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In the past, I came across a very elegant direct definition (below) of a function, which is based on the fundamental concepts of triples, pairs, and sets. However, I find it difficult to search the internet for any citations that I could refer to. One professor once told me that this definition could be over 200 years old, and it might be difficult to determine the author. But I would be satisfied with even citations from reliable sources where this definition was presented or used. Do any of you perhaps recognize any works of this type and could help me?

The function $f= (X,Y,G)$ is an ordered triple consisting of the following elements:

  • a domain $X$ that is any set
  • a codomain $Y$ that is also any set
  • a graph $G \subseteq X\times Y$ being a set of pairs, such that $\forall x \in X, \exists ! y\in Y : (x,y) \in G$

($\exists !$ means "There exists exactly one")

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    $\begingroup$ In essence, it goes back to Fourier and Dirichlet, but not with this formalism, see McTutor, The function concept. Even Goursat in 1923 laid it out more informally. For Cartesian products and quantifiers you are looking at something around the time of Bourbaki. $\endgroup$
    – Conifold
    Feb 28 at 18:06
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    $\begingroup$ On an unrelated note, I'm kind of intrigued by this "coming across" you mention: isn't this the standard definition in all math curricula? $\endgroup$
    – Gae. S.
    Feb 28 at 21:37
  • $\begingroup$ @Gae.S. I don't know - when I try to find it on the Internet, I usually get different definitions in free books or in university courses/materials. $\endgroup$ Feb 28 at 22:06
  • $\begingroup$ I'll take your word for it. $\endgroup$
    – Gae. S.
    Feb 29 at 0:48
  • $\begingroup$ Before the formalism of Cartesian products, there was the notion of "relation". You could define a function as a special kind of relation. I do not know whether that was commonly done, however. $\endgroup$ Feb 29 at 17:35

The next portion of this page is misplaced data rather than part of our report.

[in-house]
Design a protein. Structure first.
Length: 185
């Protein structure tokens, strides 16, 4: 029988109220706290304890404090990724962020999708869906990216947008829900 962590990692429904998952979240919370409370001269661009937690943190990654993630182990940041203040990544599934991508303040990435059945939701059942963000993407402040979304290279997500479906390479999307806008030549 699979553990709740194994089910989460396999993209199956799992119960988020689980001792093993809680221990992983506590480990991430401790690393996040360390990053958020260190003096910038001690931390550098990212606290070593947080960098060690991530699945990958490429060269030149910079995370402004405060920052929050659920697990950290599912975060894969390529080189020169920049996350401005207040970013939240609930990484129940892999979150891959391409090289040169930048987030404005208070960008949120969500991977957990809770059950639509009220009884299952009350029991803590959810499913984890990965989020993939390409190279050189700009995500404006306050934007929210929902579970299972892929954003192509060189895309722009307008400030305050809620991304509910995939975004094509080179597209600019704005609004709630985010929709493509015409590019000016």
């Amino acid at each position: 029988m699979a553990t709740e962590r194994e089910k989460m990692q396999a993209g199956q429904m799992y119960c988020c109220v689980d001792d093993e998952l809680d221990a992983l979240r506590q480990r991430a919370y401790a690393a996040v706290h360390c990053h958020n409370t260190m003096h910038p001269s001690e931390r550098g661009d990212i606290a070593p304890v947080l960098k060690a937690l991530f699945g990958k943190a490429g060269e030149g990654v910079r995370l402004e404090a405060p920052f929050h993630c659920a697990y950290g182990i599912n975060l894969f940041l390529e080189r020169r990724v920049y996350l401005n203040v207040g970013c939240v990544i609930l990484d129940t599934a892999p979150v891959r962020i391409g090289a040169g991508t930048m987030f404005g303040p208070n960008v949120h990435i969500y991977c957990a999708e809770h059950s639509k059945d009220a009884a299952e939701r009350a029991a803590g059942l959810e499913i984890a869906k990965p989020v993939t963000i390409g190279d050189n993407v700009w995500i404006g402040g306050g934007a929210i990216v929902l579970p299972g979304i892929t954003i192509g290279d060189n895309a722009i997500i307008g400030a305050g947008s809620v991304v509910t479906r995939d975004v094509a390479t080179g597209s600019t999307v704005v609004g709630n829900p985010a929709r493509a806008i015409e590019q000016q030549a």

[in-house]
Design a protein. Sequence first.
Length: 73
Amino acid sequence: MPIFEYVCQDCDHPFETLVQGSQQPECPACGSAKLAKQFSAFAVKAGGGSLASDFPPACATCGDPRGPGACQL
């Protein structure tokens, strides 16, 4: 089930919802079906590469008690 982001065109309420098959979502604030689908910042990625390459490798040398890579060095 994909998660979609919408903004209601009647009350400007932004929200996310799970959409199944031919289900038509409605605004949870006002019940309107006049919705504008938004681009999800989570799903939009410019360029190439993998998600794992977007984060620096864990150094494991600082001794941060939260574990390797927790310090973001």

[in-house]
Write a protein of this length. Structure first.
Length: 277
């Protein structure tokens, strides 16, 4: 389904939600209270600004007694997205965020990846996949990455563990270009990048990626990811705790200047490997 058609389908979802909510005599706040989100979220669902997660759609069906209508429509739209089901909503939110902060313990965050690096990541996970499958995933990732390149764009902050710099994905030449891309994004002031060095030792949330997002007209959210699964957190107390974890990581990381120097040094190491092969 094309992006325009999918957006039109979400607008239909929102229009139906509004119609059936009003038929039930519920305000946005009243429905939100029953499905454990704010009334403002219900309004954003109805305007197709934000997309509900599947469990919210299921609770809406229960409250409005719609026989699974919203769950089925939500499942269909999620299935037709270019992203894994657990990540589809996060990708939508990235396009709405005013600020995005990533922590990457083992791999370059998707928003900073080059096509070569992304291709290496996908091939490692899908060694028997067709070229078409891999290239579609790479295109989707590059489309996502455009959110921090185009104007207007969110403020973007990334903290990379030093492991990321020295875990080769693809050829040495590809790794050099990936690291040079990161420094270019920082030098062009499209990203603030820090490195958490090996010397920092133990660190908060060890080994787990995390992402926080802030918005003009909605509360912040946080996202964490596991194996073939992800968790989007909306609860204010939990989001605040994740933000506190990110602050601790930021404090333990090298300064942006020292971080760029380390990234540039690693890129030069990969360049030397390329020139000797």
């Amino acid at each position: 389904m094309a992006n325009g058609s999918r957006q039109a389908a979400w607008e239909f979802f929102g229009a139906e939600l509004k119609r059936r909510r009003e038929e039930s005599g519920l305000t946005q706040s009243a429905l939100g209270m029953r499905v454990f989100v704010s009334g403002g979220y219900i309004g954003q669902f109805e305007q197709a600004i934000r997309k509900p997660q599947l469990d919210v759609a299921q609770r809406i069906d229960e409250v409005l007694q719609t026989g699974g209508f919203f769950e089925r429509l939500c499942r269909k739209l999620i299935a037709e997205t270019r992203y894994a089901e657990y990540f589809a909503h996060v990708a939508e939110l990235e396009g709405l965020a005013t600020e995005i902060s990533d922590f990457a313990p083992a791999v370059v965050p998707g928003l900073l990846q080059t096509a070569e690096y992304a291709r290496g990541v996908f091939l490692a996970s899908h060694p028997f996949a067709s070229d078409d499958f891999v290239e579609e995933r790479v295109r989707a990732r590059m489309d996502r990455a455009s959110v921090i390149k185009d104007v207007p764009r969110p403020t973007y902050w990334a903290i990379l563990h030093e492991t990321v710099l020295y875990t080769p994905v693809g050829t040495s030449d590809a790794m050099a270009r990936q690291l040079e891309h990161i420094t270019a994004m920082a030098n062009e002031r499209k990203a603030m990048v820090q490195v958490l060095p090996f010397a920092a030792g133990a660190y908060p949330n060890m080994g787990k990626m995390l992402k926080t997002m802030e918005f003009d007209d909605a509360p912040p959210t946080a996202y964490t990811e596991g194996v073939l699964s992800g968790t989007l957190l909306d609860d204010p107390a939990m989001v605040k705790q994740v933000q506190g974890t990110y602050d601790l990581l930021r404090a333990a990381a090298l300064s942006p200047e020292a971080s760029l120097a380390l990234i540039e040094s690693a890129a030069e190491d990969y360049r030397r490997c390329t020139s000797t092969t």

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The precise definition can be found into Bourbaki's Elements of Mathematics: Theory of sets (1968; but the 1st French edition is dated 1939), page 76:

A correspondence between a set $A$ and a set $B$ is a triple $\Gamma = (G,A,B)$ where $G$ is a graph (a set of ordered pairs), $A$ is the source, and $B$ the target of $\Gamma$.

Domain and range of $\Gamma$ are defined usually.

The basic "ingredients" (as per Michael's answer above) can be found in the early 20th Century textbooks on set theory; see e.g. Felix Hausdorff, Set theory, translation of the 3rd German ed 1937 (1st edition as Grundzüge der Mengenlehre (1914)), page 16:

Ordered pairs make possible the introduction of the concept of function [...] Let $P$ a set of ordered pairs $p=(a,b)$; for every pair $p$ that occurs in $P$ ($p \in P$), we call $b$ an image of $a$ and $a$ a pre-image (or inverse image) of $b$. Let $A$ the set of all pre-images $a$, $B$ the set of all images $b$ [...][ we say that we have a mapping from one set onto the other.

In the particular case in which each $a$ has only a single image $b$, we denote this element $b$, which is determined by $a$ and depends on $a$ by $b=f(a)$, and we say that this is a single-valued or univalent function of $a$ defined on the set $A$.

In conclusion, the definition is 100 years old.

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    $\begingroup$ Nice, I was not aware of this definition by Hausdorff. He's careful to distinguish $f$ from $f(x)$, calls $f$ the "mapping" and keeps the original "function of..." for $f(x)$. $\endgroup$ Feb 29 at 12:37
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    $\begingroup$ Just looked up the Bourbaki quote and noticed (to my surprise) that what they call graph does not coincide with what is nowadays called graph (as in the OP). Their definition of function is given a bit later in EII.13 Definition 9 (french version you linked to) but coincides in essence with what the OP is asking for. $\endgroup$ Feb 29 at 13:05
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This is definitely not 200 years old. The first definitions of the modern function concept are from Dedekind, Cantor, Peano and Frege from around 1890, and even those definitions are not encoded inside the formalism of set theory as graphs. Beware that the original meaning assigned to "function" (by Leibniz, Bernoulli, Euler etc.) was something else.

See this question and answers for some details on this: Who first considered the $f$ in $f(x)$ as an object in itself, and who decided to call it a function?

I suspect that the definition of a function as a special subset of a product set occurred after 1900 (I'd probably start looking in Hausdorff, Zermelo or von Neumann)

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